APA Style tries to alleviate any potential gender bias by only including last names and initials of authors. Even if a full name is included on the source, only list the last name and first and middle initials (if given).
When only one author is responsible for the work, list last name first, followed by a comma and the first and middle initials (if given).
Gawande, A. (2014). Being mortal: Medicine and what matters in the end. Metropolitan Books.
Inskip, C. (2015, July/August). Making information literacy relevant in employment settings. Online Searcher, 39(4), 54-57. http://www.infotoday.com/onlinesearcher/
When there are two authors responsible for a work, the first author listed should start the citation. Author names are inverted with last name first, comma, first and middle initial (if given). Connect the two names with the & symbol.
Dorris, M., & Erdrich, L. (1999). The crown of Columbus. HarperCollins Publishers.
Karber, S., & Fasano, N. (2003). What you need to know about the smallpox vaccine. Nursing, 33(6), 36-43.
When there are multiple authors (up to 20), list all authors in the order in which they appear on the source. Names should be inverted with last name first, followed by a comma and the first and middle initial (if given). Names are separated by a comma with an & symbol connecting the final author.
Sajid, M., Tahira, P., Allah, D., Faisa, I., & Jaishri, M. (2014). Effectiveness of school-based intervention programs in reducing prevalence of overweight. Indian Journal of Community Medicine, 39(2), 87-93. https://doi.org/10.4103/0970-0218.132724.
Ahmed, M., Sevdalis, N., Paige, J., Paragi-Gururaja, R., Nestel, D., & Arora, S. (2012). Identifying best practice guidelines for debriefing in surgery: A tri-continental study. American Journal of Surgery, 203(4), 523-529. https://doi.org/10.1016/j.amjsurg.2011.09.024
When there are more than 20 authors, list the first 19 authors' names, then insert three ellipsis points, and add the last author's name. Names should be inverted with last name first, followed by a comma and the first and middle initial (if given). Do not include an ampersand (&) before the final author after the ellipsis.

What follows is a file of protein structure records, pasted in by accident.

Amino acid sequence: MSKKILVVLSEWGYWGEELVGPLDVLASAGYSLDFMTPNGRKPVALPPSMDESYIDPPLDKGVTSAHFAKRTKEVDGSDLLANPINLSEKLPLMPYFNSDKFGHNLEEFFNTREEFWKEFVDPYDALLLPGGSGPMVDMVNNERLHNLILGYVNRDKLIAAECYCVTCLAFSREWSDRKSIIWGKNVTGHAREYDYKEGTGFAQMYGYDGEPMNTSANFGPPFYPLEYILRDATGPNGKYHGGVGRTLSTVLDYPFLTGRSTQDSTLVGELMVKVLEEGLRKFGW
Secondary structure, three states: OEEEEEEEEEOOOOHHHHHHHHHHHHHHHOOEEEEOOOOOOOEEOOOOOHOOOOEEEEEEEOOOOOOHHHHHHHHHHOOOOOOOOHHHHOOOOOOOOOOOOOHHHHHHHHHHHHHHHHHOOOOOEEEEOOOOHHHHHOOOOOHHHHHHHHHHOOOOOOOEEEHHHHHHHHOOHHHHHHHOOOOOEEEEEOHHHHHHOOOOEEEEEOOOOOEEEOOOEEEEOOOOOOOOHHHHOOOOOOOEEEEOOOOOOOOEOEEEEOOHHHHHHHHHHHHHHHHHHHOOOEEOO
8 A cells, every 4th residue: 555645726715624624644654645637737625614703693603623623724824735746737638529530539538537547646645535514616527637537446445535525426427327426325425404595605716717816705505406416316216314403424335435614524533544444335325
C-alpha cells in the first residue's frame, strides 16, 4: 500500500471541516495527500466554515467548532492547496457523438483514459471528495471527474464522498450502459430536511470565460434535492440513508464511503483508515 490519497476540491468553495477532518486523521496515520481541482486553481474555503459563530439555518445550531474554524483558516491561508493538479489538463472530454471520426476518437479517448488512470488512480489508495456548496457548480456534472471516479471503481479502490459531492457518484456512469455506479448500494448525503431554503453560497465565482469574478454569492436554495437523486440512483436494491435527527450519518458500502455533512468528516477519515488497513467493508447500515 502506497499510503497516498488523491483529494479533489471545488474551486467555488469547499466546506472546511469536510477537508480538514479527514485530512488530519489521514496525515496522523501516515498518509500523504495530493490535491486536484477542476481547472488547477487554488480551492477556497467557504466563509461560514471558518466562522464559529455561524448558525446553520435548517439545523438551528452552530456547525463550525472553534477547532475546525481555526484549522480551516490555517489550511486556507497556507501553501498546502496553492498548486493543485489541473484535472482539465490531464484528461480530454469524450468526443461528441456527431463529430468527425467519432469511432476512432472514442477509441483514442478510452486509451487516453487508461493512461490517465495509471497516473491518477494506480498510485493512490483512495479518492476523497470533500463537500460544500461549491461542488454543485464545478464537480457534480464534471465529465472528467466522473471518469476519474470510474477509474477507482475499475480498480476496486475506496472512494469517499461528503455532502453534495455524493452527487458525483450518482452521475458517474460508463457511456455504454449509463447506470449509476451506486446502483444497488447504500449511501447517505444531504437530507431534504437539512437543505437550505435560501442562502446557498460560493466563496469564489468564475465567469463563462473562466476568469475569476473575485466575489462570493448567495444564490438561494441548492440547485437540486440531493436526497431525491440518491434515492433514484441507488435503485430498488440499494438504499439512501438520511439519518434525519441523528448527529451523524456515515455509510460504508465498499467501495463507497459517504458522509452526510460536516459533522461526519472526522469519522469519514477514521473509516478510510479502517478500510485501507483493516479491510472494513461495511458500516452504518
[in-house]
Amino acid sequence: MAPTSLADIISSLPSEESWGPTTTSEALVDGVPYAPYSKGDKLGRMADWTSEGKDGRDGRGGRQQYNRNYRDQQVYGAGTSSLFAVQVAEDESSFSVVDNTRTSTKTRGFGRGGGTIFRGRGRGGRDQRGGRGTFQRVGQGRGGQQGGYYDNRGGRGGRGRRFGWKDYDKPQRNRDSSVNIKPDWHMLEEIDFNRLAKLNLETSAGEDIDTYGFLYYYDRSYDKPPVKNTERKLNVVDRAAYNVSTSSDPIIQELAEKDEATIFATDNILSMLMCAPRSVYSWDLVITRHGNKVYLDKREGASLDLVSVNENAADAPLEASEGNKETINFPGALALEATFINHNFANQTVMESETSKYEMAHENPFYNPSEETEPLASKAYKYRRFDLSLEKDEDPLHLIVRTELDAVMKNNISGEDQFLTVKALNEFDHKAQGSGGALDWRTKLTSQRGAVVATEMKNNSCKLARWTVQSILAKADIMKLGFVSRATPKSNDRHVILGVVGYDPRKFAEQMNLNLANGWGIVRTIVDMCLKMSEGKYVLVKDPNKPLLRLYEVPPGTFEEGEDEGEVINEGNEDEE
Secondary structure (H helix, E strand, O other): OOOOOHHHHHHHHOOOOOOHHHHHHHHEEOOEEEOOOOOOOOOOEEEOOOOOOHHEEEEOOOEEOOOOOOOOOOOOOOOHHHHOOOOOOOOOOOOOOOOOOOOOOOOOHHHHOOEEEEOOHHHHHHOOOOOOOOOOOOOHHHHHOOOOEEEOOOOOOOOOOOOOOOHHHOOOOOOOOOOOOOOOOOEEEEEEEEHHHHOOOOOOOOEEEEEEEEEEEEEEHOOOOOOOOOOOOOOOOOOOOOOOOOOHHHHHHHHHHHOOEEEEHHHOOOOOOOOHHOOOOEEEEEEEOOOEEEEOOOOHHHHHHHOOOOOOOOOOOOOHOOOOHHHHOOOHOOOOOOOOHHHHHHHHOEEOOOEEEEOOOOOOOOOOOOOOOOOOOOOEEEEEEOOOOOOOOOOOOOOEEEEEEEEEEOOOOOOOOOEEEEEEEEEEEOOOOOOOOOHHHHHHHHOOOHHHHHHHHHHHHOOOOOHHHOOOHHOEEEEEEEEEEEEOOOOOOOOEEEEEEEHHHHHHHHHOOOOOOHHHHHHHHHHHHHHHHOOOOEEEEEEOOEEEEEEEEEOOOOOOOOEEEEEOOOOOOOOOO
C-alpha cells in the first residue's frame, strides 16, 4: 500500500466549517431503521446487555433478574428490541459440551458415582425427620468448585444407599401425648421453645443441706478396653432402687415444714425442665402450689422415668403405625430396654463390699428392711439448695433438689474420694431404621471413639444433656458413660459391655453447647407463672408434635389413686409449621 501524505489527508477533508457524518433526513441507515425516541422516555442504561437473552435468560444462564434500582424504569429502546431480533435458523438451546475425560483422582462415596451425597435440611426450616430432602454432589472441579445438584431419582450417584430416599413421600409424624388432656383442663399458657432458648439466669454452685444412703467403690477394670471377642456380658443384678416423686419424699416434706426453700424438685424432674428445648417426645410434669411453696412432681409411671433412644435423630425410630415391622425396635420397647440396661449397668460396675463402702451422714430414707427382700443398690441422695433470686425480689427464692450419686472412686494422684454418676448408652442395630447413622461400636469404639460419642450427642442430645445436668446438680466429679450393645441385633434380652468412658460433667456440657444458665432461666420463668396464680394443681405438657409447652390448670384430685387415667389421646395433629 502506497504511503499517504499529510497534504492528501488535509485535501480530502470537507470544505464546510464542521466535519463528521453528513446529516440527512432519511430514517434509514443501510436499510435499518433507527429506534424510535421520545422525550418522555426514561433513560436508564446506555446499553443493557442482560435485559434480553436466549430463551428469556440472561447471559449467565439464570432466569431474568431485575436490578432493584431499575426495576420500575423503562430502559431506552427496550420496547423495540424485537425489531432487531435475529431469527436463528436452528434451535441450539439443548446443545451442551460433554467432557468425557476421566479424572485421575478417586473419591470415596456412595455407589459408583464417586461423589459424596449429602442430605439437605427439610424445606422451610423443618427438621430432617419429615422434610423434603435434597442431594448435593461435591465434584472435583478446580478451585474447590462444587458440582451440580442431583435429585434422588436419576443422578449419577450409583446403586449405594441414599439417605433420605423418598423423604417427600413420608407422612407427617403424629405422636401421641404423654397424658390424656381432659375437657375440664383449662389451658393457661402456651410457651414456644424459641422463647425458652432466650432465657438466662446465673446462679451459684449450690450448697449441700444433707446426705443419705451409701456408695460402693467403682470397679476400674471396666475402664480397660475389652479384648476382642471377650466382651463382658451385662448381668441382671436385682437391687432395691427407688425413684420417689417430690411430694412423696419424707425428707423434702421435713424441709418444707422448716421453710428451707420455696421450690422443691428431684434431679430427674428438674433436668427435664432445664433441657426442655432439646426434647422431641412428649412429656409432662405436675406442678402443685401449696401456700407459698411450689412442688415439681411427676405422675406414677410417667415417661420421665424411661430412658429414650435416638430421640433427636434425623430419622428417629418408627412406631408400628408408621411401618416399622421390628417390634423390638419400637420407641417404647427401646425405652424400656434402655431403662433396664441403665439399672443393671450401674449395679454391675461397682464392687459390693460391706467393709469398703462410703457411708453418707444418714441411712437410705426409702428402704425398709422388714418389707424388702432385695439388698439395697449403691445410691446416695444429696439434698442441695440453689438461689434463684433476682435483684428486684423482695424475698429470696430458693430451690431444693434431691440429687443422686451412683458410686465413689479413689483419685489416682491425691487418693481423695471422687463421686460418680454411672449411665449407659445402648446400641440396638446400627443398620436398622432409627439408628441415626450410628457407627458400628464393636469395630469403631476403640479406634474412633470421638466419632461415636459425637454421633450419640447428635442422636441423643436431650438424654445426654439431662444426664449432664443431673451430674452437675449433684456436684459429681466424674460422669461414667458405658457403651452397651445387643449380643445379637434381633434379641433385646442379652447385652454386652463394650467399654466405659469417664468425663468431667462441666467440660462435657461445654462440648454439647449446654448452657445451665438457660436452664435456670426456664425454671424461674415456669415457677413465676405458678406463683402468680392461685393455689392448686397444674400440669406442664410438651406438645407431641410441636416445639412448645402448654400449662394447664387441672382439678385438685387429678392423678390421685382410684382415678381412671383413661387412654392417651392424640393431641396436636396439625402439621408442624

Terracciano, A., Abdel-Khalek, A.M., Adam, N., Adamovova, L., Ahn, C., Ahn, H., ... McCrae, R.R. (2005, October 7). National character does not reflect mean personality trait levels in 49 cultures. iScience, 310, 96-100. https://doi.org/10.1126/science.1117199
When the same author is responsible for two or more sources in your References page, list the sources by year of publication with the earliest first. If the publication date is the same, add a, b, c, etc. to the date.
Morrison, T. (1994). The bluest eye. Knopf.
Morrison, T. (1998). Beloved: A novel. Knopf.
Koriat, A. (2008a). Easy comes, easy goes? The link between learning and remembering and its exploitation in metacognition. Memory & Cognition, 36, 416–428. https://doi.org/10.3758/MC.36.2.416
Koriat, A. (2008b). Subjective confidence in one’s answers: The consensuality principle. Journal of Experimental Psychology: Learning, Memory, and Cognition, 34, 945–959. https://doi.org/10.1037/0278-7318.104.22.1685
When a source has an author and editor, start the citation with the author's name - last name first. The editor goes after the entry title and before the book title and includes the descriptive abbreviated label Ed. or Eds.
Carroll, M. P. (1996). Myth. In D. Levinson & M. Ember (Eds.), Encyclopedia of cultural anthropology (Vol. 3, pp. 827-831). Henry Holt and Company.
Theilmann, J. M. (2009). Air pollution history. In S.I. Dutch (Ed.), Encyclopedia of global warming. https://salempress.com*
*Note: If no DOI has been assigned to the content and you are accessing the source from a private database (e.g. a library database), it is not necessary to include the database in the citation or the password protected URL. You can include the URL of the publisher, but you may need to do a quick web search to locate it. This is reflected in the second example above. (Publication Manual of the American Psychological Association, pp. 191-192)
When the person or persons primarily responsible for producing the work is an editor, and you are citing the entire work, list editor name(s) in the author position using the same rules for authors, but followed by the descriptive abbreviated label Ed. or Eds.
Haerens, M. (Ed.). (2011). Air pollution. Greenhaven Press.
Holland, M. & Hart-Davis, R. (Eds.). (2000). The complete letters of Oscar Wilde. Henry Holt.
When a source has been translated from another language, include the translator, but begin the citation with the original author.
Piaget, J. (1969). The psychology of the child (H. Weaver, Trans.). Basic Books.
Freud, S. (1953). The method of interpreting dreams: An analysis of a specimen dream. In J. Strachey (Ed. & Trans.), The standard edition of the complete psychological works of Sigmund Freud (Vol. 4). (Original work published 1900)
If an organization acts as the author, the organization name goes in the author position of the citation.
Centers for Disease Control and Prevention. (2009, October 23). CDC recommendations for the amount of time persons with influenza-like illness should be away from others. http://www.cdc.gov/h1n1flu/guidance/exclusion.htm
American Psychological Association. (n.d.). About APA. https://www.apa.org/about/
A work is treated as though it has no author, if the author is unknown or cannot easily be determined. If there is no author, move the title of the work to the author position before the date of publication. Remember that when an organization is responsible for creating a work, the work should be referenced with a corporate author.
US election 2020: What is a caucus and how do they work? (2020, February 4). BBC News. https://www.bbc.com/news/world-us-canada-51273719